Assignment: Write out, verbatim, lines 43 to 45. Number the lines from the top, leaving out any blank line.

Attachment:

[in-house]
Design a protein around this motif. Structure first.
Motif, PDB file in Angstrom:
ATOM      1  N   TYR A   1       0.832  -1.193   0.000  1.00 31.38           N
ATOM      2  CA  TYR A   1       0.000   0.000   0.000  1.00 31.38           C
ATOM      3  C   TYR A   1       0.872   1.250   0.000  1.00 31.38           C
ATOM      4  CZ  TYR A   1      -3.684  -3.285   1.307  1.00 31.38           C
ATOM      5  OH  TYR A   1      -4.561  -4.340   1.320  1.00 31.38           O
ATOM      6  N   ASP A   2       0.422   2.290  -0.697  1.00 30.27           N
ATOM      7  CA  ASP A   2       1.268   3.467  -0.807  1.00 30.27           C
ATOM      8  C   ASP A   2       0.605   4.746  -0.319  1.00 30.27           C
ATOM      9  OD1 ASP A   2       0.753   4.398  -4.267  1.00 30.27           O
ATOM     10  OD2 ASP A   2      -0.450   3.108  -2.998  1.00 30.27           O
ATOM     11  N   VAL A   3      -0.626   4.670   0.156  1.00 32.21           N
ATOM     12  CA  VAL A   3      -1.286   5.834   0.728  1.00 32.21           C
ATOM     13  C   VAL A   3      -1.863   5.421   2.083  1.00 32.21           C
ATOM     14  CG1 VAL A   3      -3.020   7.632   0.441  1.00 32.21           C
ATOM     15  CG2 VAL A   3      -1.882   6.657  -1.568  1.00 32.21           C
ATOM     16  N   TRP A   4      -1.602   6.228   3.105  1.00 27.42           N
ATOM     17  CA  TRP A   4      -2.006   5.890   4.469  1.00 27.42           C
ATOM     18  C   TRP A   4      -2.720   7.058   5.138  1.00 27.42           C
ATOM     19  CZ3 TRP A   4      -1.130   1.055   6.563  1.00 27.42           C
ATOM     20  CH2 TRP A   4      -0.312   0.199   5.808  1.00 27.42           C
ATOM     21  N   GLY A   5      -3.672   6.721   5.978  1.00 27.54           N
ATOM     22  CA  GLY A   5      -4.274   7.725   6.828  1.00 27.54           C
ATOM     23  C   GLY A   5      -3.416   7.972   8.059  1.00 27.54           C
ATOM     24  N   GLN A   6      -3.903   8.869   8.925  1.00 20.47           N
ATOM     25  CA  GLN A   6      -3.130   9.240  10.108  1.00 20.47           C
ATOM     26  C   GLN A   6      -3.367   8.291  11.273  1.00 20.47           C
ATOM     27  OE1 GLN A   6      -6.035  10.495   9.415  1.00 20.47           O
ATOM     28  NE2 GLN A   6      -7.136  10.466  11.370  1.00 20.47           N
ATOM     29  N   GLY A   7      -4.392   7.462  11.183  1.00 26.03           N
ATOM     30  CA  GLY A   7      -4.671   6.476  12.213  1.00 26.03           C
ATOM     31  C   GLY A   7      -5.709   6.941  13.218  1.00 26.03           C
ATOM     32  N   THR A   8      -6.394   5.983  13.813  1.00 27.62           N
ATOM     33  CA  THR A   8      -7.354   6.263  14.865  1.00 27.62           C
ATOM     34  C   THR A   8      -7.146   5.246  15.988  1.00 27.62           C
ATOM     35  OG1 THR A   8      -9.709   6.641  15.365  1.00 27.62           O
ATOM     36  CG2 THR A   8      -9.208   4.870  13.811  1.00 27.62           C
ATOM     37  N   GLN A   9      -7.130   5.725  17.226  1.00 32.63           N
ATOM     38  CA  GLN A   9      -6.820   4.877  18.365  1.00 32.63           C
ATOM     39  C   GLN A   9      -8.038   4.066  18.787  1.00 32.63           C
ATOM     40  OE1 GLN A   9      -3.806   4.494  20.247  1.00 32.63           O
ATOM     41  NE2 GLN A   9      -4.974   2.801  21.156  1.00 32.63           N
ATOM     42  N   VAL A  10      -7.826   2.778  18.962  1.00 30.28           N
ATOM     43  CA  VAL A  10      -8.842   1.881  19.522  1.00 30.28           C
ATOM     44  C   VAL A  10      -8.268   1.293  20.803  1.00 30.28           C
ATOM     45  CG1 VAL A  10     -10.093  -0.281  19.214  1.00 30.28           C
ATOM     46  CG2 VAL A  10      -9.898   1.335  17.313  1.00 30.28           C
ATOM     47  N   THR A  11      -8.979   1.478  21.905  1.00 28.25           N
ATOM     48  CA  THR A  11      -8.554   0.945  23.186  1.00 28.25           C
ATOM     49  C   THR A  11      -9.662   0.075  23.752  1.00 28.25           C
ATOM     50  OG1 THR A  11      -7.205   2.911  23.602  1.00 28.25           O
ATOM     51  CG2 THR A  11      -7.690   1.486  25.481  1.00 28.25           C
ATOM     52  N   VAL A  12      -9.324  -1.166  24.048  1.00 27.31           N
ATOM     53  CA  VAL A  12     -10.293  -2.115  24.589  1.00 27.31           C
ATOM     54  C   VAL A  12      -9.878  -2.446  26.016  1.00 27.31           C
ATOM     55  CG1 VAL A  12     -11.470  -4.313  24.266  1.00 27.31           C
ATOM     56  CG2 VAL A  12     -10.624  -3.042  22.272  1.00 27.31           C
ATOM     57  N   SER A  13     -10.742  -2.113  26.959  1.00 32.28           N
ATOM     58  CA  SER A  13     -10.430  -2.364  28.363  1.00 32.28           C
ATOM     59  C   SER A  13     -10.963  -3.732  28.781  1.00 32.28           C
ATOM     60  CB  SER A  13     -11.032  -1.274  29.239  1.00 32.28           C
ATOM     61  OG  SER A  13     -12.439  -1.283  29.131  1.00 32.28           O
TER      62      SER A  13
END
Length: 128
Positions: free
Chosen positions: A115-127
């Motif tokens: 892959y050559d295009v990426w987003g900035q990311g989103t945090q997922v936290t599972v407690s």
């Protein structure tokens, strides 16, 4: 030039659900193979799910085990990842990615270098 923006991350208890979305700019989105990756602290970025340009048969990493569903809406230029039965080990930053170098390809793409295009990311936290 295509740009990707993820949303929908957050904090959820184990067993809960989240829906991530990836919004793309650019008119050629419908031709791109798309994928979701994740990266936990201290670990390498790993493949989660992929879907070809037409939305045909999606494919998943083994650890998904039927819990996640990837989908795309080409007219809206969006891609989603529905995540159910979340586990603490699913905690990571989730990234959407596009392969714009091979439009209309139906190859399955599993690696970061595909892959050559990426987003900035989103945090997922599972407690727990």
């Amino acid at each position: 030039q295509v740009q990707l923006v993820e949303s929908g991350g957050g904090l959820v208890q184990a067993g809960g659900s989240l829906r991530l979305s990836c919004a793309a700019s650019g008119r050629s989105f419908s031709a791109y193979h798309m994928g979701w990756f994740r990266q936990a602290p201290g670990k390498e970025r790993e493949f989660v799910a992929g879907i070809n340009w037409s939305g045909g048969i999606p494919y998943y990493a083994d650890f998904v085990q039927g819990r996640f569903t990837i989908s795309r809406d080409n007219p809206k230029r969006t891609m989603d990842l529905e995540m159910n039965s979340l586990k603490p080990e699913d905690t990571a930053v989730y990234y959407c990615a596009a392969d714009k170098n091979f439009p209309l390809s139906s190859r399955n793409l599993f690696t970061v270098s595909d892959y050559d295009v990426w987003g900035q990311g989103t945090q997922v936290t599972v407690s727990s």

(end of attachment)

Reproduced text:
ATOM     40  OE1 GLN A   9      -3.806   4.494  20.247  1.00 32.63           O
ATOM     41  NE2 GLN A   9      -4.974   2.801  21.156  1.00 32.63           N
ATOM     42  N   VAL A  10      -7.826   2.778  18.962  1.00 30.28           N